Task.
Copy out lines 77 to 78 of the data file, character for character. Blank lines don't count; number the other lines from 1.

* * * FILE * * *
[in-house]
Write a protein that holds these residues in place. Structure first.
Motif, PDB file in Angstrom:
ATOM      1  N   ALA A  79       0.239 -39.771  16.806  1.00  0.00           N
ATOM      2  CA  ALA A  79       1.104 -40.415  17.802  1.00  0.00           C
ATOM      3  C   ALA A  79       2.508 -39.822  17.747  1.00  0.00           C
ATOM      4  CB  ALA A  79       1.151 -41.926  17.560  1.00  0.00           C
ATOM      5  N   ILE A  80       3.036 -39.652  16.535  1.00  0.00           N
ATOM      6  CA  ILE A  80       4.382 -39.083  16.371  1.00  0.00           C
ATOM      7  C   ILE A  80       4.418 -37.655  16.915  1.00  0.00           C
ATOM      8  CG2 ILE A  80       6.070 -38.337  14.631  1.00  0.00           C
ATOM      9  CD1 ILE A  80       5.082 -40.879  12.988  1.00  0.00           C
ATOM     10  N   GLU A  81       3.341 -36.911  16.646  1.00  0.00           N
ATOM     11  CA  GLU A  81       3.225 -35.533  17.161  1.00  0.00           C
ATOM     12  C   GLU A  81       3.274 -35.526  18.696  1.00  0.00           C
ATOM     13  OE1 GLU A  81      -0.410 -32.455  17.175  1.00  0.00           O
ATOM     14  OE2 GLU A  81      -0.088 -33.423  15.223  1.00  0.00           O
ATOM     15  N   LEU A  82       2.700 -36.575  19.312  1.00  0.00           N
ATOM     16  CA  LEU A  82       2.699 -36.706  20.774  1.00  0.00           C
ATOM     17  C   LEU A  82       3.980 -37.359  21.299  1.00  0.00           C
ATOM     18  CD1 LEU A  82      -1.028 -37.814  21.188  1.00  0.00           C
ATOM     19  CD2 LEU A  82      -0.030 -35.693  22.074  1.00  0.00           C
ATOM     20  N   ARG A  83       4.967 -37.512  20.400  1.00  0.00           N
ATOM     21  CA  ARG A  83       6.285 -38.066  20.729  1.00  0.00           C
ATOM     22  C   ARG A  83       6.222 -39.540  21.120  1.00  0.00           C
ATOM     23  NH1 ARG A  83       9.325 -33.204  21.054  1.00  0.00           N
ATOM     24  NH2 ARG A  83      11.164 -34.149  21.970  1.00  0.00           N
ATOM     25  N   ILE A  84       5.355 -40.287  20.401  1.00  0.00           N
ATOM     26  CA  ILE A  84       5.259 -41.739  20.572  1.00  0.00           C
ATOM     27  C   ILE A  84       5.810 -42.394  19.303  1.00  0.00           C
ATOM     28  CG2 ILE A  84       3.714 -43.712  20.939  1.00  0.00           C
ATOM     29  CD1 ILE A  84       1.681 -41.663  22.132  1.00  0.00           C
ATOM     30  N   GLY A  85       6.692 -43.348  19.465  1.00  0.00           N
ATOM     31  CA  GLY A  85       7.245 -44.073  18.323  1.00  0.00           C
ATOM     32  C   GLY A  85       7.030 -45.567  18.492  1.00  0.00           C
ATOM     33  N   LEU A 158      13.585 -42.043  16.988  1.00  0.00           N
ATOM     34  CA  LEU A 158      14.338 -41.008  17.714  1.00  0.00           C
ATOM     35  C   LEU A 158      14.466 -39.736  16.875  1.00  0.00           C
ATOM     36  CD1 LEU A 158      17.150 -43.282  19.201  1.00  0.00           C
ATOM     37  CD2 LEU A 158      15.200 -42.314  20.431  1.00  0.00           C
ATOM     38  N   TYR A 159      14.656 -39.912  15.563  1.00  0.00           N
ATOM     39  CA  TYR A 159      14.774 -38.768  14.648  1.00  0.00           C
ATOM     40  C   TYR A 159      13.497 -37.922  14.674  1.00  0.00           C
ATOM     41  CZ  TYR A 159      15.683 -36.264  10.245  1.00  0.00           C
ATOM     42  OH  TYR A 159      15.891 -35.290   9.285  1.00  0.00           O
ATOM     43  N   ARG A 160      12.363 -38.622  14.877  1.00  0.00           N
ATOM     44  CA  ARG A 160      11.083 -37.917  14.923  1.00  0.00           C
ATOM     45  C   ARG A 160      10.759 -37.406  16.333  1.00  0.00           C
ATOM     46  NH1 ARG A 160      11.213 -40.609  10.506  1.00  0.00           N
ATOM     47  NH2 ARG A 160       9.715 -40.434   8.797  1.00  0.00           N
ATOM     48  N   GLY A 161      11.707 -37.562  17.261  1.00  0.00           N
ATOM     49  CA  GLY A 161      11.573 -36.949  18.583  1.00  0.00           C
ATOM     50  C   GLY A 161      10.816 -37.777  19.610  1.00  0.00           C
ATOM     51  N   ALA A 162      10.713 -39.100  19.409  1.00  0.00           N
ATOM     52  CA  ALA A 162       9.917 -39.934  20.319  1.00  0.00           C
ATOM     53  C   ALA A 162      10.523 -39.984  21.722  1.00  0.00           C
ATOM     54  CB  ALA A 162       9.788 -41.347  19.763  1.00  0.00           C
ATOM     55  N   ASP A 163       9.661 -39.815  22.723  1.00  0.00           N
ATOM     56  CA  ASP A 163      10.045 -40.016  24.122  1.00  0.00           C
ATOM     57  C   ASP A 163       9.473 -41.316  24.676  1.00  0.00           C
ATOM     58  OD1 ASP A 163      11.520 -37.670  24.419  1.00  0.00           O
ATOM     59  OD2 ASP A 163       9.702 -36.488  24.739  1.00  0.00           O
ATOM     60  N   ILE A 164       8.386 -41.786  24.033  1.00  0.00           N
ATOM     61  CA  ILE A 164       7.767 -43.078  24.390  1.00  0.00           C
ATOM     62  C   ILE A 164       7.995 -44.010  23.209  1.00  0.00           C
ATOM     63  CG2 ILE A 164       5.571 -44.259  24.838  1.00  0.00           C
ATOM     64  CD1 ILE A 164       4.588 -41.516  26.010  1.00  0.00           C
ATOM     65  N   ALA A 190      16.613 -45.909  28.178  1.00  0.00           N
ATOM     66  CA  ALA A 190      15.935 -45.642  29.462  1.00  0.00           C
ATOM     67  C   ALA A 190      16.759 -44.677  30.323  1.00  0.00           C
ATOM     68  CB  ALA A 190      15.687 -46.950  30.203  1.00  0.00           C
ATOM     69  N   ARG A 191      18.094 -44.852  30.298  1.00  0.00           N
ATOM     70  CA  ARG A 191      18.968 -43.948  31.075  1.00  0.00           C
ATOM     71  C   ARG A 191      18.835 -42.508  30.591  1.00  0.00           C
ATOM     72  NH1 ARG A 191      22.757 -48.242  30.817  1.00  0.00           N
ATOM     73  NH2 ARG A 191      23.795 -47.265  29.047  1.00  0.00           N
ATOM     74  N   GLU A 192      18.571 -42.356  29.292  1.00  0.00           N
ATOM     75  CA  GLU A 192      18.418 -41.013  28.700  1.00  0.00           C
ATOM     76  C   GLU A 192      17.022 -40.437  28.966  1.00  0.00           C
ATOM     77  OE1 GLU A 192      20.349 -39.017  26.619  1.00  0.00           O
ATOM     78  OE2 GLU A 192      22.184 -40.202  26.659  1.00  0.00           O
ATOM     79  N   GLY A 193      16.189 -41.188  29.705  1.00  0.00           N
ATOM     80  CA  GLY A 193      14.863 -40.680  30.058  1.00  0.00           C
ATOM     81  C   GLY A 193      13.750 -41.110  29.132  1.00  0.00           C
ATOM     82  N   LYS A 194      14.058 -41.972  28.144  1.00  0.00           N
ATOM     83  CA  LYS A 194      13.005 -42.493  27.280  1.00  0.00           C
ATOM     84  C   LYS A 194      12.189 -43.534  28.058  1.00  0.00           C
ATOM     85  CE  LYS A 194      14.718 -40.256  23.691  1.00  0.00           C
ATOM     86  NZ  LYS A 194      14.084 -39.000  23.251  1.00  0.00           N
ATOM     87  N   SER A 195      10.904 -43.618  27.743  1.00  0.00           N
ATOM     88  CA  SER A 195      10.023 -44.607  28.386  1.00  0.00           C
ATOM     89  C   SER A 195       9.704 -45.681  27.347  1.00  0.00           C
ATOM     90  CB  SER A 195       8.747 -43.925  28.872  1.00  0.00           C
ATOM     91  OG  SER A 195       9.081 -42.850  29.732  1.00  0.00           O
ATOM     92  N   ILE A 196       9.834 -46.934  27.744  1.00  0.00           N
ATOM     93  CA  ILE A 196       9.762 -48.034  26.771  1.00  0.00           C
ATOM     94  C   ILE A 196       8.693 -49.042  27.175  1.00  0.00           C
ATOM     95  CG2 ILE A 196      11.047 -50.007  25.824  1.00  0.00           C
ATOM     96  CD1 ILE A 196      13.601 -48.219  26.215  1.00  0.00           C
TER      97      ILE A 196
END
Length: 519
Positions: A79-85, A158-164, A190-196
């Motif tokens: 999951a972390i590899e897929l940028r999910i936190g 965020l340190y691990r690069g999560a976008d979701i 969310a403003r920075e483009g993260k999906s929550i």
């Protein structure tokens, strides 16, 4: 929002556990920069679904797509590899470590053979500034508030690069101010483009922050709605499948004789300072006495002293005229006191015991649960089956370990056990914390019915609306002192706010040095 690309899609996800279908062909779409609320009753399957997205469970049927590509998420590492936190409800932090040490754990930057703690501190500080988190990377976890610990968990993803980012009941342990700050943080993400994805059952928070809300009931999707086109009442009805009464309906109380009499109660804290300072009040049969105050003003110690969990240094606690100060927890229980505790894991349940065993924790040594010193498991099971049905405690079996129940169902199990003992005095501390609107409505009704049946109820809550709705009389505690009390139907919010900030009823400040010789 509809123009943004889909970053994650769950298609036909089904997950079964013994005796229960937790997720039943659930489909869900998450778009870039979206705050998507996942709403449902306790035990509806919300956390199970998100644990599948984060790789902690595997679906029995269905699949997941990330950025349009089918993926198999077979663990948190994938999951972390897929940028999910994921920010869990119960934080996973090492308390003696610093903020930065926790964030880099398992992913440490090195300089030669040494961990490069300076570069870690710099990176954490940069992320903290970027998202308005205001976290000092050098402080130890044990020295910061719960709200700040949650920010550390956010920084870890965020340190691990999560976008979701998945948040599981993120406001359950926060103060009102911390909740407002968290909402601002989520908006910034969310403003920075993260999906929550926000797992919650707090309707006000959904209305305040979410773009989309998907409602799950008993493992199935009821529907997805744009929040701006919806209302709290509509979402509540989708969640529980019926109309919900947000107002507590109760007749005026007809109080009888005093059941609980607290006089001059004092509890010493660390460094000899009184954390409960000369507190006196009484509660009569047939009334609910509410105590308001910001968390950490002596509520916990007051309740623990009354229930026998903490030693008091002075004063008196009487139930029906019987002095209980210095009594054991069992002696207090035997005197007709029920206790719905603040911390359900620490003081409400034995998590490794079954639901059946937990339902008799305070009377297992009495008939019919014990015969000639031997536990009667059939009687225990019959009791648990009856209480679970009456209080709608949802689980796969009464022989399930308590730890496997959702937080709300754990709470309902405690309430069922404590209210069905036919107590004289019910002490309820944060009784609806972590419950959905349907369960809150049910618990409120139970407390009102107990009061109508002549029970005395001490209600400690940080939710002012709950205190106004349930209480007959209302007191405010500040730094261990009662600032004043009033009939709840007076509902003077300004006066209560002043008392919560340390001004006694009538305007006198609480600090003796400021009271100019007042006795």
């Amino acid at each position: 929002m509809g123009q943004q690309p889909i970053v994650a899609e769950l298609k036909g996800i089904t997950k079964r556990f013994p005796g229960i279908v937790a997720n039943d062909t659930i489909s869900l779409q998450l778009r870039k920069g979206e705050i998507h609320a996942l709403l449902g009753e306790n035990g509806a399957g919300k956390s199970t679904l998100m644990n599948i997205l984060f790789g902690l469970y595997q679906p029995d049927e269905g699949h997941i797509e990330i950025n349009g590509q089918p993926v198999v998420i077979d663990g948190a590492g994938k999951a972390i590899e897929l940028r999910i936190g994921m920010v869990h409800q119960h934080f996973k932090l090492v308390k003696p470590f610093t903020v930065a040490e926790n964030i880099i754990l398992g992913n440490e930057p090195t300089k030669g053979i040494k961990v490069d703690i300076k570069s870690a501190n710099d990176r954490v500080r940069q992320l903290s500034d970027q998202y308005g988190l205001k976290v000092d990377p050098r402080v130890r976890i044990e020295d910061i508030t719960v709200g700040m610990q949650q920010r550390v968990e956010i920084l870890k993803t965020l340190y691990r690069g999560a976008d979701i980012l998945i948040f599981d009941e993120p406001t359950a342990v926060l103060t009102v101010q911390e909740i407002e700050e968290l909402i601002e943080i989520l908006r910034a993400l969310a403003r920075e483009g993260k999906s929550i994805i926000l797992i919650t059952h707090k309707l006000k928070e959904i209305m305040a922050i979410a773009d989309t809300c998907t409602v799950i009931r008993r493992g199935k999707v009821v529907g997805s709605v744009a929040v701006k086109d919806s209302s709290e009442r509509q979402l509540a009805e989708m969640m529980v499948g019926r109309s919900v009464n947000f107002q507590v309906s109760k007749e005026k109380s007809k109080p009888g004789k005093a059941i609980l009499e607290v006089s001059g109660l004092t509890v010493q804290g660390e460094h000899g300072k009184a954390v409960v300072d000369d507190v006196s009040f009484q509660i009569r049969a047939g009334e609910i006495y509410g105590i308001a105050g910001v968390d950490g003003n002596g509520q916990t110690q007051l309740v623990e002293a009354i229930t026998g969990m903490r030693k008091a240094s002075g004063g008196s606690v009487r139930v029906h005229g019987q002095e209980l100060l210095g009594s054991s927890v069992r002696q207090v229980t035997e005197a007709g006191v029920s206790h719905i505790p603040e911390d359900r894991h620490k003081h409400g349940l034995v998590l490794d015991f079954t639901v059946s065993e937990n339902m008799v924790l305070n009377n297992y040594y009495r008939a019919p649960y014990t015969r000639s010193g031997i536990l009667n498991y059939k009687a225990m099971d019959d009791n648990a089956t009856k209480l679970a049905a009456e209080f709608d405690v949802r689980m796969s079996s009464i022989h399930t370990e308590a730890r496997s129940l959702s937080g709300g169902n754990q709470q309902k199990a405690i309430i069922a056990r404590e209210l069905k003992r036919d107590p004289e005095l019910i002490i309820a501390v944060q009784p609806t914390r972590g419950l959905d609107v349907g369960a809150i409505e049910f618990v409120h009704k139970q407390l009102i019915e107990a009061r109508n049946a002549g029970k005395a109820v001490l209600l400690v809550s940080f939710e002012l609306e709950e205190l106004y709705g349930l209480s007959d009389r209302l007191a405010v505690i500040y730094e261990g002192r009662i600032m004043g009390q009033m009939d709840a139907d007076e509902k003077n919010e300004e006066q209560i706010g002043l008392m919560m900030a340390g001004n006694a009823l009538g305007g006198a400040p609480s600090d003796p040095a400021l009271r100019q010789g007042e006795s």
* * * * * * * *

ATOM     74  N   GLU A 192      18.571 -42.356  29.292  1.00  0.00           N
ATOM     75  CA  GLU A 192      18.418 -41.013  28.700  1.00  0.00           C